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Marion County schools to receive support for substance use prevention programs in the wake of the opioid crisis

Wednesday, January 17, 2018

(Indianapolis, Indiana) As Indiana continues to be hard hit by the opioid crisis, now a national public health emergency, today the Richard M. Fairbanks Foundation unveiled Prevention Matters, a $12 million grant initiative to support Marion County schools over the next three years in an effort to reduce students’ substance use.

Through Prevention Matters, the Fairbanks Foundation will provide grant funding and technical assistance to public and private K-12 schools in Marion County to help them select and implement prevention programs that have been demonstrated to reduce substance use across a variety of substances, including alcohol, tobacco, marijuana, prescription drugs and others. What’s more, these programs are shown to equip students with skills that help improve academic achievement, attendance, and classroom behavior, and reduce bullying and violence.

For example, several studies of one school-based program, LifeSkills Training, find that students who participated in the program were 28 percent less likely to smoke after a six-year follow-up and 66 percent less likely to use marijuana after a three-year follow-up, relative to similar students who did not participate in the program. Long-term impacts have also been shown for illicit drug use, including use of narcotics like heroin and misuse of prescription drugs. In addition, these studies find effects on behaviors beyond substance use—like a 32 percent drop in delinquency and a 26 percent drop in fighting in a three-month follow-up.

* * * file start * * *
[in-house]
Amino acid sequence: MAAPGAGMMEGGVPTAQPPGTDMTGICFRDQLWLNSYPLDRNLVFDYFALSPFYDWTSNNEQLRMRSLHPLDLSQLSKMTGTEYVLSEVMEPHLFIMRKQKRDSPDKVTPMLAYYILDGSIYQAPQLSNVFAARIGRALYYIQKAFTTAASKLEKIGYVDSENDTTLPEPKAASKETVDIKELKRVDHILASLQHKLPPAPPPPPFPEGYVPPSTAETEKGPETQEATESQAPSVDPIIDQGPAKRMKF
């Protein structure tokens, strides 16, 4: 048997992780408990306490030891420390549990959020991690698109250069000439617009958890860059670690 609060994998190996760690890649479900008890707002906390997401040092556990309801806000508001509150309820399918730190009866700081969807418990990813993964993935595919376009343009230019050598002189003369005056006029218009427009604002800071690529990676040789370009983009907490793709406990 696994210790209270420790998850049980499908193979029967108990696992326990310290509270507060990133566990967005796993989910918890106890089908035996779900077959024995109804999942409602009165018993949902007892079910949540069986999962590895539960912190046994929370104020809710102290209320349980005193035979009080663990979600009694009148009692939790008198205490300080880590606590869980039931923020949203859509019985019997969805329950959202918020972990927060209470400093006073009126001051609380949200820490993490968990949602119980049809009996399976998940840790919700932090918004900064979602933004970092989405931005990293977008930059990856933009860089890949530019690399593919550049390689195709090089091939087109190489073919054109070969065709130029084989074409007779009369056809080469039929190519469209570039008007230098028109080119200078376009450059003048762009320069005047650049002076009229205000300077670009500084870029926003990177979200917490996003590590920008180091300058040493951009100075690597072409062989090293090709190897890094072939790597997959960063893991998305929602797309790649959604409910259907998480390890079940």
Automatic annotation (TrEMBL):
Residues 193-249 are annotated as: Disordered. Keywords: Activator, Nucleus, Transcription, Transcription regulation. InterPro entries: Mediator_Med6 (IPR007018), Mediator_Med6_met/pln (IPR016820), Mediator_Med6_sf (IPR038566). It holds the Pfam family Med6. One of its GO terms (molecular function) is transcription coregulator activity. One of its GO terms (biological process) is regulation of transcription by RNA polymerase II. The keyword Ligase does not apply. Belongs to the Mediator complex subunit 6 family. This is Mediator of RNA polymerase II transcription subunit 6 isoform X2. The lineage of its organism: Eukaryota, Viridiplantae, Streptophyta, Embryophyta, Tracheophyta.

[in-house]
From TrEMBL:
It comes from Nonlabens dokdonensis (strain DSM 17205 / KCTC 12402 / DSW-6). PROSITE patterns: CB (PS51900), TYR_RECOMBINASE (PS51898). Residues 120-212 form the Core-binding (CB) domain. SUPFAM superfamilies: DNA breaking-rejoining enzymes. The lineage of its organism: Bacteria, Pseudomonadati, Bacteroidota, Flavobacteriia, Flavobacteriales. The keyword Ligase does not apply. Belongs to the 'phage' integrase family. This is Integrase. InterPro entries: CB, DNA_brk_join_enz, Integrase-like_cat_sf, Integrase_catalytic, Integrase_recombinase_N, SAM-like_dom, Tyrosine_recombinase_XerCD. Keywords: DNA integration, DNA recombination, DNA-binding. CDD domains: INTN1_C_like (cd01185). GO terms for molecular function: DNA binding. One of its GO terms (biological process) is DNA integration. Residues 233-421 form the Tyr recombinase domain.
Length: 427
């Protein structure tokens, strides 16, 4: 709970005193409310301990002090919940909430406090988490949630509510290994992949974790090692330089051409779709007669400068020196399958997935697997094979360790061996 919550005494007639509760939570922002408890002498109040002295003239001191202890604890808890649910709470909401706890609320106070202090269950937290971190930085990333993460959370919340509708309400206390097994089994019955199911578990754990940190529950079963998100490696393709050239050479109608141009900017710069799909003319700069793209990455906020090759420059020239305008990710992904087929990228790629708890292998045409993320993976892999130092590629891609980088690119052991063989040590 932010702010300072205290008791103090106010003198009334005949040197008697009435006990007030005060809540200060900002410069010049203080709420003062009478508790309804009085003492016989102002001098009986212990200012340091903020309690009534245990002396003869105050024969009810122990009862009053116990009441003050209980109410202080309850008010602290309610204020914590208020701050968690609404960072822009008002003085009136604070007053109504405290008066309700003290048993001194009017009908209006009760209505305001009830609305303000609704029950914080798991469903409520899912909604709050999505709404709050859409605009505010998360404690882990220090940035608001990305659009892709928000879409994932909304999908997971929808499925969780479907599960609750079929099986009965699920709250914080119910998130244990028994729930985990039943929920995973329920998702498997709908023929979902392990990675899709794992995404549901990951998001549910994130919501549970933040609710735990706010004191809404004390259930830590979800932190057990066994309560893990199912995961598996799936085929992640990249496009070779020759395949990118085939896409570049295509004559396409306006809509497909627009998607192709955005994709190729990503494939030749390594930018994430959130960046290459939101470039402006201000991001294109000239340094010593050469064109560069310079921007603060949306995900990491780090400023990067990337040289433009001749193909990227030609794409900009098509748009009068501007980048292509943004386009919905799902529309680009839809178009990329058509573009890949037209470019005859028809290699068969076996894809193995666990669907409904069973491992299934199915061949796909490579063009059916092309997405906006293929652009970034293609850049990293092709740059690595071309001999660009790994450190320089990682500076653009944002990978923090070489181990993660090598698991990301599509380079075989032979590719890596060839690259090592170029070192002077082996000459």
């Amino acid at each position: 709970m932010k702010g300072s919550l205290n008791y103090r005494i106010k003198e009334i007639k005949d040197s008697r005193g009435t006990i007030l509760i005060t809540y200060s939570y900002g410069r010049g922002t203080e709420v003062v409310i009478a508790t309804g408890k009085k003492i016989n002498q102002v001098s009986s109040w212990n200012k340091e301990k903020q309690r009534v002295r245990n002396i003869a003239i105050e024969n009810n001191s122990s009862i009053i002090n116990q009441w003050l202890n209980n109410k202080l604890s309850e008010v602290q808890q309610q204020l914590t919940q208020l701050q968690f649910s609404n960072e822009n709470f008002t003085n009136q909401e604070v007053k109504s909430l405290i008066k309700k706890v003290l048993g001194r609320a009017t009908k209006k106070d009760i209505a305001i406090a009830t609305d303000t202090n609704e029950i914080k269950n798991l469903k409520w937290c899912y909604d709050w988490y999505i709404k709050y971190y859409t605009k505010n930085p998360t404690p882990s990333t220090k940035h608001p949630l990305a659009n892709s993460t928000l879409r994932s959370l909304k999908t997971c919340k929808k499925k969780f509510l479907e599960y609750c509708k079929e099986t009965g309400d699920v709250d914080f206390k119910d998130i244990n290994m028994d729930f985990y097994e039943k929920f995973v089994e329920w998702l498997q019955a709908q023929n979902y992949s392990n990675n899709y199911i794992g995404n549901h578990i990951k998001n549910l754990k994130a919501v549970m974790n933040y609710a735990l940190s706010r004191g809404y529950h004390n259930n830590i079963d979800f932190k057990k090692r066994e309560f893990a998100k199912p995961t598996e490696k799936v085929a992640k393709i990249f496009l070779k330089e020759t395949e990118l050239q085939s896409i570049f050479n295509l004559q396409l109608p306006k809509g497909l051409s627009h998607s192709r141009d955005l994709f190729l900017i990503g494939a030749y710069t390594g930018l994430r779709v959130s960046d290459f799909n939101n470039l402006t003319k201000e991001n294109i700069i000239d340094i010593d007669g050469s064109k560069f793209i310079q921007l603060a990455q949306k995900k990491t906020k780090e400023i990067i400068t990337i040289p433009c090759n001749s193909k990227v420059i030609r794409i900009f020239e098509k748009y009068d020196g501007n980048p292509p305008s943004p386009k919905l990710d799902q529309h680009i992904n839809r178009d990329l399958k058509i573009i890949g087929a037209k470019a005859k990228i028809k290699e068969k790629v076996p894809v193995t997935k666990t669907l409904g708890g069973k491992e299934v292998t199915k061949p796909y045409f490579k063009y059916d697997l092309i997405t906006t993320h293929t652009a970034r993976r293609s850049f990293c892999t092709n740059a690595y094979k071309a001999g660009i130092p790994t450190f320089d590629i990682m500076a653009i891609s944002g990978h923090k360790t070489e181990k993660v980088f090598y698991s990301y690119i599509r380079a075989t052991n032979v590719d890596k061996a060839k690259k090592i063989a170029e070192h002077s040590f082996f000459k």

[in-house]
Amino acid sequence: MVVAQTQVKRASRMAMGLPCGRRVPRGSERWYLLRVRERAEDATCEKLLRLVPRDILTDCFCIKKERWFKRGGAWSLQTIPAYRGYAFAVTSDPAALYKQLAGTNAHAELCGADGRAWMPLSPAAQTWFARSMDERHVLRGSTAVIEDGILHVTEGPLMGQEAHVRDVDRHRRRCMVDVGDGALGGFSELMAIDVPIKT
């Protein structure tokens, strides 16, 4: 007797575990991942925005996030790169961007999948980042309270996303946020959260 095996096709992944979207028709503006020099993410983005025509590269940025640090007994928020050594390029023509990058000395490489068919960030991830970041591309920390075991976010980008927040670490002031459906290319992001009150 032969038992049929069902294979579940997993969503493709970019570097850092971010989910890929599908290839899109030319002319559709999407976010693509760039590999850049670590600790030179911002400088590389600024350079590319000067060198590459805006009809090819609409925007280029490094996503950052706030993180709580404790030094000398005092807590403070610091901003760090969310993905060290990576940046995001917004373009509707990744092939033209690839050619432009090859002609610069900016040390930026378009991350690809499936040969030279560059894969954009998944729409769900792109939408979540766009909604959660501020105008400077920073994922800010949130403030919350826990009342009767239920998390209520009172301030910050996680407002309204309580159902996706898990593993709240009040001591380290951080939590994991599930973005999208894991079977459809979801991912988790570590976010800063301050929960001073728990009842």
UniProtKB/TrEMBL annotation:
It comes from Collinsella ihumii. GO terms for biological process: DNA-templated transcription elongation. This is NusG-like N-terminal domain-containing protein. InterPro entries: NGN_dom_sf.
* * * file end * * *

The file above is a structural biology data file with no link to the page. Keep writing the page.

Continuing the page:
According to a recent survey, only 11 percent of Marion County schools report using this type of evidence-based prevention program. Of the schools that do not have evidence-based programs in place, many cited insufficient time during the school day and lack of funding as key barriers to implementation. Prevention Matters aims to equip school leaders with the funding and technical assistance they need to identify the programs that will be most effective in their school buildings and develop a plan for implementation.

“Principals, teachers and other educators care deeply about their students, but they have a lot on their plates. They need support finding the programs that best meet their students’ needs and putting them to work in the classroom,” said Claire Fiddian-Green, president and CEO of the Richard M. Fairbanks Foundation. “By tapping into the wealth of existing proven curricula, school leaders can feel confident knowing the programs they select will work when implemented as designed.”

Through Prevention Matters, the Foundation will award up to $12 million over the next three years in funding and technical assistance to Marion County schools that meet eligibility criteria. All Marion County public (traditional, charter and innovation network) and accredited private K-12 schools are encouraged to apply for a Prevention Matters grant at RMFF.org/PreventionMatters.

Grants will be awarded in two stages: